Flexible Replication is the process of maintaining copies of data on multiple MarkLogic Servers. The purpose of replication is to make data continuously available to mission-critical applications and to enhance application performance. Some of the benefits of replication include:
In a replicated environment, the original content is created by an application on the Master MarkLogic Server. Replication then copies the content to one or more Replica MarkLogic Servers. The Master and Replica servers are typically in different clusters, which may be in the same location or in different locations.
Flexible Replication is asynchronous, which means that the Master does not wait for confirmation that the update has been received by the Replica before sending further updates. Replication from the Master to the Replica occurs as soon as possible after the document is added or updated by the application.
MarkLogic Server uses the Content Processing Framework (CPF) as the underlying replication mechanism. The documents to be replicated are defined by a CPF domain. The scope of a domain may be a document, a collection of documents, or a directory. For more details about domains, see Understanding and Using Domains in the Content Processing Framework Guide Guide. You can replicate multiple domains either to the same Replica or to different Replicas, as shown is the illustrations below.
Replicated databases do not necessarily need to be configured as entirely a Master or a Replica in the replication scheme. For example, you may have two databases, DB1 and DB2, where DB1 replicates updates to the documents in Domain A to DB2 and DB2 replicates updates to the documents in Domain B to DB1.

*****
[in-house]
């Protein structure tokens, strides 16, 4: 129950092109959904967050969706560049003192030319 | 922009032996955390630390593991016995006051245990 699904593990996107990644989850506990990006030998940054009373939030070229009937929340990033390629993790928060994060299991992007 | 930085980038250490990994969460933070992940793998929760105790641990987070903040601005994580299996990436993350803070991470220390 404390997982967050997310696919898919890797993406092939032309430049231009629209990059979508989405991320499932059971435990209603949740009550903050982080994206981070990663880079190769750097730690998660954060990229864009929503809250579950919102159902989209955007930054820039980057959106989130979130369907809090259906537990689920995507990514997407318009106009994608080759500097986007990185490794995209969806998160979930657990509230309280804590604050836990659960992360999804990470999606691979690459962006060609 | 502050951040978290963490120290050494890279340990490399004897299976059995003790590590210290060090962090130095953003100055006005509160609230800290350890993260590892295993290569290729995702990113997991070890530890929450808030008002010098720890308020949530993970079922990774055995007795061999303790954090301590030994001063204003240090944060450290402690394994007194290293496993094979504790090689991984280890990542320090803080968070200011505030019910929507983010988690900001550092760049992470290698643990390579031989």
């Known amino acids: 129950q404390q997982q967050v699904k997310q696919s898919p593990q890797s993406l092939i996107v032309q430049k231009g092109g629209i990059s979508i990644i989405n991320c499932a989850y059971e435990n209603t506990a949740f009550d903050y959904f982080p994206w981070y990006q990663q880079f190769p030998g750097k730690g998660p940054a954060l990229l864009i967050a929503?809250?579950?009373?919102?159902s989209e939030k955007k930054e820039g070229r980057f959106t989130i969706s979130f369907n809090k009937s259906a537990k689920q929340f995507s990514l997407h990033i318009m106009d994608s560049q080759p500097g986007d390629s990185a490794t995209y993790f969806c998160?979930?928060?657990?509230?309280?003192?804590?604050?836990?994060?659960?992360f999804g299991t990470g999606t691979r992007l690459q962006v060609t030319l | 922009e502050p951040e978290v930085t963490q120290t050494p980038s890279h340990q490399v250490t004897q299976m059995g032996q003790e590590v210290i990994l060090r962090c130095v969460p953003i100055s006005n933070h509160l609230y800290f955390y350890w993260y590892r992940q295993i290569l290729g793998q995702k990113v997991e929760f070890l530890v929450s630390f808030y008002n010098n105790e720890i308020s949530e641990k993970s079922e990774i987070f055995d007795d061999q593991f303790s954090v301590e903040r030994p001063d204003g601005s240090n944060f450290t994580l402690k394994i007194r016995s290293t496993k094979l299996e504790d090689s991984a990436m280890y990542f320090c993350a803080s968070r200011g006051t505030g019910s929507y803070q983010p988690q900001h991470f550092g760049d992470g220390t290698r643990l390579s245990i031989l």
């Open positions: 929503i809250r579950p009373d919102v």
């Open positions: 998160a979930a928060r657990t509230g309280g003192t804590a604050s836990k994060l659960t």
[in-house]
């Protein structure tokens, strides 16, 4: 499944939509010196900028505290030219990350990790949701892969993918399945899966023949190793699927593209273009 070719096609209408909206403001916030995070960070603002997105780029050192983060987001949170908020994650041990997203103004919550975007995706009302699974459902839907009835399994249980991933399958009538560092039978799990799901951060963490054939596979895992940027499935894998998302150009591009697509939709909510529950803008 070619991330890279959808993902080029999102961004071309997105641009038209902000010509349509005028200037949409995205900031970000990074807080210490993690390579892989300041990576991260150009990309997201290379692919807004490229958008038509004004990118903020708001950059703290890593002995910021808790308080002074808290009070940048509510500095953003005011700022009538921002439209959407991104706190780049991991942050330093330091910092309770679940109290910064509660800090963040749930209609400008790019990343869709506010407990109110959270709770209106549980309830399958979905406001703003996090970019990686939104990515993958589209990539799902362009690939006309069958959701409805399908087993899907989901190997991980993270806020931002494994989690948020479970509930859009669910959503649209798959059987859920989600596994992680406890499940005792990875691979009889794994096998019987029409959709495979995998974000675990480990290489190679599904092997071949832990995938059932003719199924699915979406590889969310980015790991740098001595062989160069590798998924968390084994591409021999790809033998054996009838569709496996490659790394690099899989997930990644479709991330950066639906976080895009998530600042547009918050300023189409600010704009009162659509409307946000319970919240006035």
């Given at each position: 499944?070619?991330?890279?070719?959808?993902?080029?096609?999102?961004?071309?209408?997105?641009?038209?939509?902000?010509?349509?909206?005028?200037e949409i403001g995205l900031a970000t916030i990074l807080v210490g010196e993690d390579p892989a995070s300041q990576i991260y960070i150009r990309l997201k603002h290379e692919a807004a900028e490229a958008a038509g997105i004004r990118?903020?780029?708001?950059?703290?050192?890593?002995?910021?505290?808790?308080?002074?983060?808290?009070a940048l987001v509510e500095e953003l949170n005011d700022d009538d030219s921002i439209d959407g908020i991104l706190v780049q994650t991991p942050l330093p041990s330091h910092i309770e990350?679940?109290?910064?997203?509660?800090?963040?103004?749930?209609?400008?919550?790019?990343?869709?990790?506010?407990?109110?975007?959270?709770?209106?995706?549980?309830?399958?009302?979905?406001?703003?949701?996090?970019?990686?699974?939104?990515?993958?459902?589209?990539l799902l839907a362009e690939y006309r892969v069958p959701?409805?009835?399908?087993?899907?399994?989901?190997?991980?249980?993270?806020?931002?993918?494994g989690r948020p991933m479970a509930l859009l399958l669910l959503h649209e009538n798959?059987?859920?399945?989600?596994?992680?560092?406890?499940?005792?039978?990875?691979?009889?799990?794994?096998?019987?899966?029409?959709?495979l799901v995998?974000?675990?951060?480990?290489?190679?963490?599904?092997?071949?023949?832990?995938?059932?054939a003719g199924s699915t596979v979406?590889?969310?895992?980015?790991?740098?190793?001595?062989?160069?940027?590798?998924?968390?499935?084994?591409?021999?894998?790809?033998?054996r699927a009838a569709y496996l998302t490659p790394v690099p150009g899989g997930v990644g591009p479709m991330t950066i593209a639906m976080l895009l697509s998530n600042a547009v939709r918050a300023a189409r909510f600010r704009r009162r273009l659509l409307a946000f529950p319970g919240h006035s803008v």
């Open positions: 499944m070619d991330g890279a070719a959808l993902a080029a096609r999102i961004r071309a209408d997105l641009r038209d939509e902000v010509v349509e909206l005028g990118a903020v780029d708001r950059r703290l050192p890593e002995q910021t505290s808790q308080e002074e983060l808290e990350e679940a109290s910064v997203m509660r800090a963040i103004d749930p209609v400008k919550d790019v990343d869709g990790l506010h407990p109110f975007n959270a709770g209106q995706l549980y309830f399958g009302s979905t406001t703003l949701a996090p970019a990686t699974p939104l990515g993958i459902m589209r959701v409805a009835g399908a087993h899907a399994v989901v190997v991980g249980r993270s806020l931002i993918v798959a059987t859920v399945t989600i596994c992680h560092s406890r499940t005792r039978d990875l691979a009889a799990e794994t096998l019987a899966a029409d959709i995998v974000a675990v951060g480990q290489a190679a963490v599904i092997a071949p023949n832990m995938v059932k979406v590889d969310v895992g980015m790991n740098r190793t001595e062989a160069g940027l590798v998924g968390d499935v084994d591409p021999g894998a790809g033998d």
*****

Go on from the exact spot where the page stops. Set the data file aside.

This is not a multi-master replication configuration, as the documents updated by each application must be in different domains. Any overlap between the replicated domains may result in unpredictable behavior.
Another possible Master/Replica configuration is where a Master replicates updates to a Replica/Master that replicates the updates to another Replica. For example, you may have three databases, DB1, DB2, and DB3, where DB1 replicates updates to DB2 and DB2 replicates updates to DB3.
You can set up filters that narrow the scope of what documents and what parts of the documents are replicated within a domain. For example, you can set up a filter to replicate only XML documents, or you can create filters to only replicate inserts and updates (not deletes), or only replicate a particular node or element within each document.
Replication can be configured to either push or pull updates from the Master to the Replica. Push replication means that the Master pushes updates to the Replica. Pull replication means the Replica pulls updates from the Master. Push replication is triggered whenever an update is made on the Master database. Pull replication can only be configured as a scheduled task, as described in Configuring Pull Replication. Typically, you should use push replication, unless the Master and Replica are separated by a firewall through which a Replica server can only pull content from a Master server outside the firewall.